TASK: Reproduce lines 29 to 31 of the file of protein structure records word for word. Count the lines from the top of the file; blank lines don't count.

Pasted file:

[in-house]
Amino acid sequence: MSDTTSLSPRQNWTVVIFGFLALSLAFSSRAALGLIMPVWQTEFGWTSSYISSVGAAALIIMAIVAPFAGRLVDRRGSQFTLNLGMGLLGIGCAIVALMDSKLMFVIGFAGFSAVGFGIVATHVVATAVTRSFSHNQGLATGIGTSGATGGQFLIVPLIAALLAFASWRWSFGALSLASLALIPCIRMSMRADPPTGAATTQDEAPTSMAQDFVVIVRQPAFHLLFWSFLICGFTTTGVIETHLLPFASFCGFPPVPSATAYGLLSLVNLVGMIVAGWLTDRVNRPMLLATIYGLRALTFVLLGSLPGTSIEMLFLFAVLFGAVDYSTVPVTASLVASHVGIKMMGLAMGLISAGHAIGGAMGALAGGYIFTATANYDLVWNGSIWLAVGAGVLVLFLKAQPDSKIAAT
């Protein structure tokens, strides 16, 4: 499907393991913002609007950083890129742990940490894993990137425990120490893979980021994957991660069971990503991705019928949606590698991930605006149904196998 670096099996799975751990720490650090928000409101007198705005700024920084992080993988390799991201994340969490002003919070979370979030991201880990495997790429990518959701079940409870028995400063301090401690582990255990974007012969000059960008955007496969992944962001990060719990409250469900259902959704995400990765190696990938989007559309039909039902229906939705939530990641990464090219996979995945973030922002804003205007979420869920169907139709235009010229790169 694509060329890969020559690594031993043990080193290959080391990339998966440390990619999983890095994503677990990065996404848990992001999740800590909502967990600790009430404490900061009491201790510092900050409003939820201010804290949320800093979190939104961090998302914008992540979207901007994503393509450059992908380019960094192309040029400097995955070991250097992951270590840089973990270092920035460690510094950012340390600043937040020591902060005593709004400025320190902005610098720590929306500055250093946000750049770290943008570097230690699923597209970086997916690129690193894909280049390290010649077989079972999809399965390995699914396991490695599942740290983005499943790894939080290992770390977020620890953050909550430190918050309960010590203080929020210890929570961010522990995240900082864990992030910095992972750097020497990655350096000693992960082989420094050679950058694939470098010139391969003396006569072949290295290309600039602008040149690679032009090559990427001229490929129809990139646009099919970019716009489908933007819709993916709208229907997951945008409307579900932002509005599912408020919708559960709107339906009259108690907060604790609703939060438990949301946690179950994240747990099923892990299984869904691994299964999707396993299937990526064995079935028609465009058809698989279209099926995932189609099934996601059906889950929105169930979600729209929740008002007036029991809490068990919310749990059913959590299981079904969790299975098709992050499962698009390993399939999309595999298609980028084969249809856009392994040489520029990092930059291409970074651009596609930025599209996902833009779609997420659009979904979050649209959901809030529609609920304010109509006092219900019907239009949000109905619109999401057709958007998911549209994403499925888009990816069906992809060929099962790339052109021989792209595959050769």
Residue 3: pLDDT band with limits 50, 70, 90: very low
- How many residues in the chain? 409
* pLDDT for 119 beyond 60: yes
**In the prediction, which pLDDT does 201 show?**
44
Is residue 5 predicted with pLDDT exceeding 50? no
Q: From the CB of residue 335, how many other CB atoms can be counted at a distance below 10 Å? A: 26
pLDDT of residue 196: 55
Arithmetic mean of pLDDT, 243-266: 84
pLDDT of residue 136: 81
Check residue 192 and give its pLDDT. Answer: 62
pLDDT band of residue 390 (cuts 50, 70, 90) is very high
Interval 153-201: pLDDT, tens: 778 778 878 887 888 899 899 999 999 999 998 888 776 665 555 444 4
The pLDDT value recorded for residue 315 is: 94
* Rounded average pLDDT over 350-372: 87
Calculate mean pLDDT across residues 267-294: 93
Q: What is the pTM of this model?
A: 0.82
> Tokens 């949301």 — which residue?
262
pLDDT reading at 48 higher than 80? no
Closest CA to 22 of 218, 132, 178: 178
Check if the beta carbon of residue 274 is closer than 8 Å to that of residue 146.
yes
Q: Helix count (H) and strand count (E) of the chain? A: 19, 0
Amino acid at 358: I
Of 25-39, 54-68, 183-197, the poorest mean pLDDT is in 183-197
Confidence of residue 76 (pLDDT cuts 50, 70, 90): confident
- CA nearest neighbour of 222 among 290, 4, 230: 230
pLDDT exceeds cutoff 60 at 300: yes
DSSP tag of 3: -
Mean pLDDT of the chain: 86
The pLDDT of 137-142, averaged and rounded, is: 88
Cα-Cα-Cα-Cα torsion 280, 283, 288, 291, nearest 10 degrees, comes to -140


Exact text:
Amino acid at 358: I
Of 25-39, 54-68, 183-197, the poorest mean pLDDT is in 183-197
Confidence of residue 76 (pLDDT cuts 50, 70, 90): confident